Fact Sheet: Introduction to Trademarks

Assignments, Licensing, and Valuation of Trademarks

Updated: November 9, 2020

1. How do I know what my trademark is worth?

The value of a trademark lies in the goodwill associated with that trademark. Goodwill is an intangible asset that is part of the value of the trademark owner’s business. It can be quite difficult to assign a monetary value to goodwill because many variables must be considered. For example, reasonable people can disagree on future business expectations, such as opportunities for increasing business value, competitive threats, and marketplace risks, all of which can affect the value of a business’s goodwill and, consequently, any trademarks that are symbols of that goodwill.

Some of the most common approaches to/methods of valuing a trademark are: (1) the income approach, which assigns a value to a trademark based on past and expected future profits of the goods/services associated with the trademark; (2) the market approach, which assigns a value based on comparisons of transactions (such as royalty rates) involving similar assets; (3) the cost approach, which assigns a value based on the cost of creating a trademark and the cost of replacing the existing trademark with a trademark of equivalent market power; and (4) the relief from royalty method, which estimates the expected royalty savings attributable to the ownership of the trademark.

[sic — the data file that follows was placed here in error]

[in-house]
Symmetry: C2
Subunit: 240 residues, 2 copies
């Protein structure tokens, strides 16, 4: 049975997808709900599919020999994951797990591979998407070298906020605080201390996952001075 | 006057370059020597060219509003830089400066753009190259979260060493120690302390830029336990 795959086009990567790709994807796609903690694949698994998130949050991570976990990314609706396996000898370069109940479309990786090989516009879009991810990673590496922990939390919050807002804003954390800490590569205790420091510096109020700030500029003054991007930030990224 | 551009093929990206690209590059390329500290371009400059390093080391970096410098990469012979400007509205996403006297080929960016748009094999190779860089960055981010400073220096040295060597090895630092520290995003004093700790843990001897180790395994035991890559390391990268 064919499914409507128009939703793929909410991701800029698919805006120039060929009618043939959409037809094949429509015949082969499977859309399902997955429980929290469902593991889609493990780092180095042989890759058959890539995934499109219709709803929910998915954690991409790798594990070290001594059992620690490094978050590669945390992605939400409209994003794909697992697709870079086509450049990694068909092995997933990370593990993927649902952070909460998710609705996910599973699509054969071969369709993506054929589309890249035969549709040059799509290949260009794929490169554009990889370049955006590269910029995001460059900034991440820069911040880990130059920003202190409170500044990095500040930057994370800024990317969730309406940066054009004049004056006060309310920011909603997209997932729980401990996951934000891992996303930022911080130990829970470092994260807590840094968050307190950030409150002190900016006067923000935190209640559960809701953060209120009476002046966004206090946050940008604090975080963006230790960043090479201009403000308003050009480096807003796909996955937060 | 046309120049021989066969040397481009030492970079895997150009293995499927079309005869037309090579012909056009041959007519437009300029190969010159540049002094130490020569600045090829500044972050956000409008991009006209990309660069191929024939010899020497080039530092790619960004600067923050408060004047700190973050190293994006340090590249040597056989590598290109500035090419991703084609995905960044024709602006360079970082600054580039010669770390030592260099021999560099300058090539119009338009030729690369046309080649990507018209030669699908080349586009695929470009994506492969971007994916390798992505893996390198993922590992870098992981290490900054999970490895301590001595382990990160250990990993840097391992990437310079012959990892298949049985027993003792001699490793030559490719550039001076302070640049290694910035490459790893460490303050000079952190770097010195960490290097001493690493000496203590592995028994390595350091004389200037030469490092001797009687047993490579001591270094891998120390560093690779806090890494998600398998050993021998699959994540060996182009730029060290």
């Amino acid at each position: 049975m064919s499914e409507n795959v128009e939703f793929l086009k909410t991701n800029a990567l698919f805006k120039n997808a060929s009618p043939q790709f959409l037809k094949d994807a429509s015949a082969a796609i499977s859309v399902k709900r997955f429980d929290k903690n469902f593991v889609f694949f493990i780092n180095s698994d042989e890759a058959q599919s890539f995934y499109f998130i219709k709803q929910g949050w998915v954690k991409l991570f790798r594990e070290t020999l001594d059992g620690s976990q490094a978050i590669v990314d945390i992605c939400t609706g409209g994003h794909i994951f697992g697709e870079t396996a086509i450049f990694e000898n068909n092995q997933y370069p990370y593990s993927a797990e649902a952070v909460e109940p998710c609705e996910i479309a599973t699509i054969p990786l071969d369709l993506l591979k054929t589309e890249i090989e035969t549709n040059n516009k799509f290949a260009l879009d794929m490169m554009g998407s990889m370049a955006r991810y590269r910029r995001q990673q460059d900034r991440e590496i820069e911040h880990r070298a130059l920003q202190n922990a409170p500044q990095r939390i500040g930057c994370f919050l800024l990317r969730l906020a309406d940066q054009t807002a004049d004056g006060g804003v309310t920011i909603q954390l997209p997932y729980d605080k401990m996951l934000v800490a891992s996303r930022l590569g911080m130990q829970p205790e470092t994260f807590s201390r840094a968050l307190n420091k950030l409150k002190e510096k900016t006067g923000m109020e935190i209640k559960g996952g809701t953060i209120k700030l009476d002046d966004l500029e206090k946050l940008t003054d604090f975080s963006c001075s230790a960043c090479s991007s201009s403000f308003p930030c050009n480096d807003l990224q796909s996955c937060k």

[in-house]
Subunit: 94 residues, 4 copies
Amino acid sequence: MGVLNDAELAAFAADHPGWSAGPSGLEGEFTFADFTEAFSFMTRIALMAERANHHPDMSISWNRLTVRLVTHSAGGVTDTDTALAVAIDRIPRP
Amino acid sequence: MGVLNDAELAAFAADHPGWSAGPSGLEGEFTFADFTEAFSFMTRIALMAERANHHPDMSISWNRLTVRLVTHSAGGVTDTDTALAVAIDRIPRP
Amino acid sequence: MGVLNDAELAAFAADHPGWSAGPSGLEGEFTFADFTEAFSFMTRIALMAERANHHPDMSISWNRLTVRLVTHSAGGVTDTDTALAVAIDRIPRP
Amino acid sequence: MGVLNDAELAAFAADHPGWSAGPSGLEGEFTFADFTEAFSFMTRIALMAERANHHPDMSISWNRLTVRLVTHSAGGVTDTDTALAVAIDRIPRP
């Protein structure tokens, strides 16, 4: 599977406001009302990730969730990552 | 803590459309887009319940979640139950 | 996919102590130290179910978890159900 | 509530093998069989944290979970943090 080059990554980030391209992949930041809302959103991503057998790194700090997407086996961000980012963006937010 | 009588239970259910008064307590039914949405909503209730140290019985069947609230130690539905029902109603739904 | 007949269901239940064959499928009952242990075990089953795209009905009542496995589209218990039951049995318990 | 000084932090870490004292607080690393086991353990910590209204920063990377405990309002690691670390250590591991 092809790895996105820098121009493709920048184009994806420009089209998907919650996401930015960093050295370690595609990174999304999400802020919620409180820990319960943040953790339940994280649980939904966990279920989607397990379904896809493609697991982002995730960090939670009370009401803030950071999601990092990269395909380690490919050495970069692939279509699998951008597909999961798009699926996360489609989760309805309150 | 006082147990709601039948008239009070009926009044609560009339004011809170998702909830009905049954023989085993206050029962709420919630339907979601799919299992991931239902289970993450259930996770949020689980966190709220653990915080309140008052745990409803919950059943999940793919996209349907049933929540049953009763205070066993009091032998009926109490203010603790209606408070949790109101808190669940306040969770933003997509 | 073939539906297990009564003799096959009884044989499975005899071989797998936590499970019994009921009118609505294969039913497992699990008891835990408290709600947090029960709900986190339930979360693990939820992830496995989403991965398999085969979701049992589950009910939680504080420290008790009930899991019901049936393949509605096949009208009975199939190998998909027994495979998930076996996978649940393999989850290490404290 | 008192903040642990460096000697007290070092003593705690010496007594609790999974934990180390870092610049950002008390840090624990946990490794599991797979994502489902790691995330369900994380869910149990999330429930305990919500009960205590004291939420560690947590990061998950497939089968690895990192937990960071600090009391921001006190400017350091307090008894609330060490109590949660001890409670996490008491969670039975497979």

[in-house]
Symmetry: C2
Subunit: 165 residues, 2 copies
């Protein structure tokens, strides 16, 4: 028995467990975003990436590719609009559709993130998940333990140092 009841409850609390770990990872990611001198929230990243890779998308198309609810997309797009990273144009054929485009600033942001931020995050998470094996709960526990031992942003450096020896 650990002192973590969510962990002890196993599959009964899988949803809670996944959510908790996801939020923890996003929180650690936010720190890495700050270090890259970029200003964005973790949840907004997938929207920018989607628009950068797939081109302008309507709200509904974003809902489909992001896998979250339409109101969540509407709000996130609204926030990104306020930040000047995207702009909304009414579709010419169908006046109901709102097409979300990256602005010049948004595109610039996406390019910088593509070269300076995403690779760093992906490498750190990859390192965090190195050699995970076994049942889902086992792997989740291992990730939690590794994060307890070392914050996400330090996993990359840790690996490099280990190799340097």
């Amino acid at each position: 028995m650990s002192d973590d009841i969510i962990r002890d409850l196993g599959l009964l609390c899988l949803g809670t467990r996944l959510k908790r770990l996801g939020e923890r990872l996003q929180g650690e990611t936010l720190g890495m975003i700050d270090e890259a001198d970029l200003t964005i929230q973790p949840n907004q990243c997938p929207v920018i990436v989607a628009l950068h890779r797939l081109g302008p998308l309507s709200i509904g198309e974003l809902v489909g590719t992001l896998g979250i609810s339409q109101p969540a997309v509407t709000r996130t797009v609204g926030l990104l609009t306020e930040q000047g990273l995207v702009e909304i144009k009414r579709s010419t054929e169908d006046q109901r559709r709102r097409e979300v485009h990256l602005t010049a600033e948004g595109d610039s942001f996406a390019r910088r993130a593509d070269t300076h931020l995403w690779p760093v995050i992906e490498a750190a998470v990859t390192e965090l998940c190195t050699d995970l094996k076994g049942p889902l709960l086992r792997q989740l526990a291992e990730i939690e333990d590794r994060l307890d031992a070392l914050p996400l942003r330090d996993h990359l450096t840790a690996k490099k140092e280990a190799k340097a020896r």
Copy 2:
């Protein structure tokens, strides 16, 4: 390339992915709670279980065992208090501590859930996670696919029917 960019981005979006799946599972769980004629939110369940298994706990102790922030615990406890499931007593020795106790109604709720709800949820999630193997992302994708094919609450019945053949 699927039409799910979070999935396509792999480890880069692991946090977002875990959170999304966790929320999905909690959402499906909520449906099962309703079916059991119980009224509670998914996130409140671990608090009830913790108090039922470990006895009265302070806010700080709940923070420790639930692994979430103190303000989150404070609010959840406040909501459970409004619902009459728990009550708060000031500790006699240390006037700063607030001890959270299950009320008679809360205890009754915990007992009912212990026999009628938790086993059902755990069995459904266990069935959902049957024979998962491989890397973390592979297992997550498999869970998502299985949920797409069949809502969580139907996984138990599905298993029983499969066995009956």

Other approaches to valuing trademarks are also used, depending on the nature of the transaction and the reason for the valuation. Many companies specialize in the valuation of trademarks and may provide significant expertise in attributing a monetary value to a trademark.

See also Brand Valuation Fact Sheet

2. Can I sell my trademark?

“Trademark assignment” is the name of the legal instrument that is used to transfer a trademark owner’s rights, title, and interest in a trademark to another party. In a trademark assignment, the transferring party (the “assignor”) transfers, i.e., “assigns,” its property rights in the mark to the receiving party (the “assignee”).

An assignment of trademark rights can be either outright, in that it results in the total transfer of ownership of such rights from one entity to another, or (in some jurisdictions) partial, resulting in the transfer of only a portion of the trademark rights of a person or entity. Depending on the jurisdiction, partial assignments may be for a portion of the territory covered by the registration, or for only some of the goods and/or services covered by the registration.

The laws governing trademark assignments vary from one jurisdiction to another; differences may include the form an assignment must take, whether notarization is required, the type of consideration that must be expressed (if any), whether the goodwill of the mark must be transferred, whether a portion of the underlying business must be transferred, and whether the assignment must be recorded. The laws and regulations of each jurisdiction where a trademark exists should be reviewed before a trademark assignment is undertaken. Failure to comply with the requirements could lead to unanticipated tax consequences or result in the invalidation of the transfer. In some jurisdictions, trademark applications cannot be assigned until they have matured to registration.